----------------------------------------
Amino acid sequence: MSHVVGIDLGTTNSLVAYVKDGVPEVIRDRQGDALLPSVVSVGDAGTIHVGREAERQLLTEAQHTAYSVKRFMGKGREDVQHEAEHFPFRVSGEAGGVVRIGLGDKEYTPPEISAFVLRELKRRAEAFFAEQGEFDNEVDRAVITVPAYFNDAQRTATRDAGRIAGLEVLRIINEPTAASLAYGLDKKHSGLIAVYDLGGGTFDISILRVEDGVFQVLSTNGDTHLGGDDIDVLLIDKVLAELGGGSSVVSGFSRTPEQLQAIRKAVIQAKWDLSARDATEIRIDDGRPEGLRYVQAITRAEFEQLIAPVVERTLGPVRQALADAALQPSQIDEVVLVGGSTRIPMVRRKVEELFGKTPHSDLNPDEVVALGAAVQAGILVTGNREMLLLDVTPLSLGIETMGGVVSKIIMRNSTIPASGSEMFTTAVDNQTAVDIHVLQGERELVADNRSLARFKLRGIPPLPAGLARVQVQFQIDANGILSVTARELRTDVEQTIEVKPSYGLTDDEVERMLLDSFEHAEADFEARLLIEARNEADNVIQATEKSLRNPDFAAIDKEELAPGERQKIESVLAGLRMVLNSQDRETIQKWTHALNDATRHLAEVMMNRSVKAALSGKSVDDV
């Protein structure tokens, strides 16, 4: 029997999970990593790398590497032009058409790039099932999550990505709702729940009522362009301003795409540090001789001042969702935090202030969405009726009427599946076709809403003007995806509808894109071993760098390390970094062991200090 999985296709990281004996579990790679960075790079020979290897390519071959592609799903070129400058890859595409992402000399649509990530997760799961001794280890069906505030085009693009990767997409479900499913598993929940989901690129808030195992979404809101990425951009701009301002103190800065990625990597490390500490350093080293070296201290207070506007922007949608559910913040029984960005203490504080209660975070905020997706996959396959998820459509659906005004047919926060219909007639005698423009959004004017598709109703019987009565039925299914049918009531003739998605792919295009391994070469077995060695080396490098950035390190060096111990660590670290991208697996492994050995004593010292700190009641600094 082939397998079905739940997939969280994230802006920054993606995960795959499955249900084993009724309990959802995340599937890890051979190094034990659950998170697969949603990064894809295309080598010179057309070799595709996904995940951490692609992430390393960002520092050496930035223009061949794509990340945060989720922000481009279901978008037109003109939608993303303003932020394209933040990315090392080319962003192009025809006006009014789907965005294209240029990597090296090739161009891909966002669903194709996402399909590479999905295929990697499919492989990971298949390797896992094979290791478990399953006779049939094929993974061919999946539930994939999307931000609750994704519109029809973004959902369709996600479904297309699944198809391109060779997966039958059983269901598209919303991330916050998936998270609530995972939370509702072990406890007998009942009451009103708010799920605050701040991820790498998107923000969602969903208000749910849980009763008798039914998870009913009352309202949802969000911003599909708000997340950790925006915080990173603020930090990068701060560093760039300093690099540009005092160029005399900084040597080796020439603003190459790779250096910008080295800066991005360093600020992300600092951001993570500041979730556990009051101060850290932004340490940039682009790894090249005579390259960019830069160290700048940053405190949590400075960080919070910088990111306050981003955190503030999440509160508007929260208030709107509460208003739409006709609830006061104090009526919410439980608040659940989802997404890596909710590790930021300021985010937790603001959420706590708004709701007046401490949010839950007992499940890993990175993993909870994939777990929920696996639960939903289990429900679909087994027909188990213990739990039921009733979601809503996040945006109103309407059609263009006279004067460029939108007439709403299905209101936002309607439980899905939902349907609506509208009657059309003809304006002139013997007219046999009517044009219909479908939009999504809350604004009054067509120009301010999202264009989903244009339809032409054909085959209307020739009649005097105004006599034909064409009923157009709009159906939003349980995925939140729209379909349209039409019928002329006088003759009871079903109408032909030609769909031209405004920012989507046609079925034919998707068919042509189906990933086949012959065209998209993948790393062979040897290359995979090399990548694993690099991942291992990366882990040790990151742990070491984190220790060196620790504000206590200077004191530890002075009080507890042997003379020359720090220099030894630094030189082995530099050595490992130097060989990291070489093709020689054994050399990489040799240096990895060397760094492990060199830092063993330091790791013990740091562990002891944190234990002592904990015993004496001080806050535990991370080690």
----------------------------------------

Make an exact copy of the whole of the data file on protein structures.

Amino acid sequence: MSHVVGIDLGTTNSLVAYVKDGVPEVIRDRQGDALLPSVVSVGDAGTIHVGREAERQLLTEAQHTAYSVKRFMGKGREDVQHEAEHFPFRVSGEAGGVVRIGLGDKEYTPPEISAFVLRELKRRAEAFFAEQGEFDNEVDRAVITVPAYFNDAQRTATRDAGRIAGLEVLRIINEPTAASLAYGLDKKHSGLIAVYDLGGGTFDISILRVEDGVFQVLSTNGDTHLGGDDIDVLLIDKVLAELGGGSSVVSGFSRTPEQLQAIRKAVIQAKWDLSARDATEIRIDDGRPEGLRYVQAITRAEFEQLIAPVVERTLGPVRQALADAALQPSQIDEVVLVGGSTRIPMVRRKVEELFGKTPHSDLNPDEVVALGAAVQAGILVTGNREMLLLDVTPLSLGIETMGGVVSKIIMRNSTIPASGSEMFTTAVDNQTAVDIHVLQGERELVADNRSLARFKLRGIPPLPAGLARVQVQFQIDANGILSVTARELRTDVEQTIEVKPSYGLTDDEVERMLLDSFEHAEADFEARLLIEARNEADNVIQATEKSLRNPDFAAIDKEELAPGERQKIESVLAGLRMVLNSQDRETIQKWTHALNDATRHLAEVMMNRSVKAALSGKSVDDV
């Protein structure tokens, strides 16, 4: 029997999970990593790398590497032009058409790039099932999550990505709702729940009522362009301003795409540090001789001042969702935090202030969405009726009427599946076709809403003007995806509808894109071993760098390390970094062991200090 999985296709990281004996579990790679960075790079020979290897390519071959592609799903070129400058890859595409992402000399649509990530997760799961001794280890069906505030085009693009990767997409479900499913598993929940989901690129808030195992979404809101990425951009701009301002103190800065990625990597490390500490350093080293070296201290207070506007922007949608559910913040029984960005203490504080209660975070905020997706996959396959998820459509659906005004047919926060219909007639005698423009959004004017598709109703019987009565039925299914049918009531003739998605792919295009391994070469077995060695080396490098950035390190060096111990660590670290991208697996492994050995004593010292700190009641600094 082939397998079905739940997939969280994230802006920054993606995960795959499955249900084993009724309990959802995340599937890890051979190094034990659950998170697969949603990064894809295309080598010179057309070799595709996904995940951490692609992430390393960002520092050496930035223009061949794509990340945060989720922000481009279901978008037109003109939608993303303003932020394209933040990315090392080319962003192009025809006006009014789907965005294209240029990597090296090739161009891909966002669903194709996402399909590479999905295929990697499919492989990971298949390797896992094979290791478990399953006779049939094929993974061919999946539930994939999307931000609750994704519109029809973004959902369709996600479904297309699944198809391109060779997966039958059983269901598209919303991330916050998936998270609530995972939370509702072990406890007998009942009451009103708010799920605050701040991820790498998107923000969602969903208000749910849980009763008798039914998870009913009352309202949802969000911003599909708000997340950790925006915080990173603020930090990068701060560093760039300093690099540009005092160029005399900084040597080796020439603003190459790779250096910008080295800066991005360093600020992300600092951001993570500041979730556990009051101060850290932004340490940039682009790894090249005579390259960019830069160290700048940053405190949590400075960080919070910088990111306050981003955190503030999440509160508007929260208030709107509460208003739409006709609830006061104090009526919410439980608040659940989802997404890596909710590790930021300021985010937790603001959420706590708004709701007046401490949010839950007992499940890993990175993993909870994939777990929920696996639960939903289990429900679909087994027909188990213990739990039921009733979601809503996040945006109103309407059609263009006279004067460029939108007439709403299905209101936002309607439980899905939902349907609506509208009657059309003809304006002139013997007219046999009517044009219909479908939009999504809350604004009054067509120009301010999202264009989903244009339809032409054909085959209307020739009649005097105004006599034909064409009923157009709009159906939003349980995925939140729209379909349209039409019928002329006088003759009871079903109408032909030609769909031209405004920012989507046609079925034919998707068919042509189906990933086949012959065209998209993948790393062979040897290359995979090399990548694993690099991942291992990366882990040790990151742990070491984190220790060196620790504000206590200077004191530890002075009080507890042997003379020359720090220099030894630094030189082995530099050595490992130097060989990291070489093709020689054994050399990489040799240096990895060397760094492990060199830092063993330091790791013990740091562990002891944190234990002592904990015993004496001080806050535990991370080690």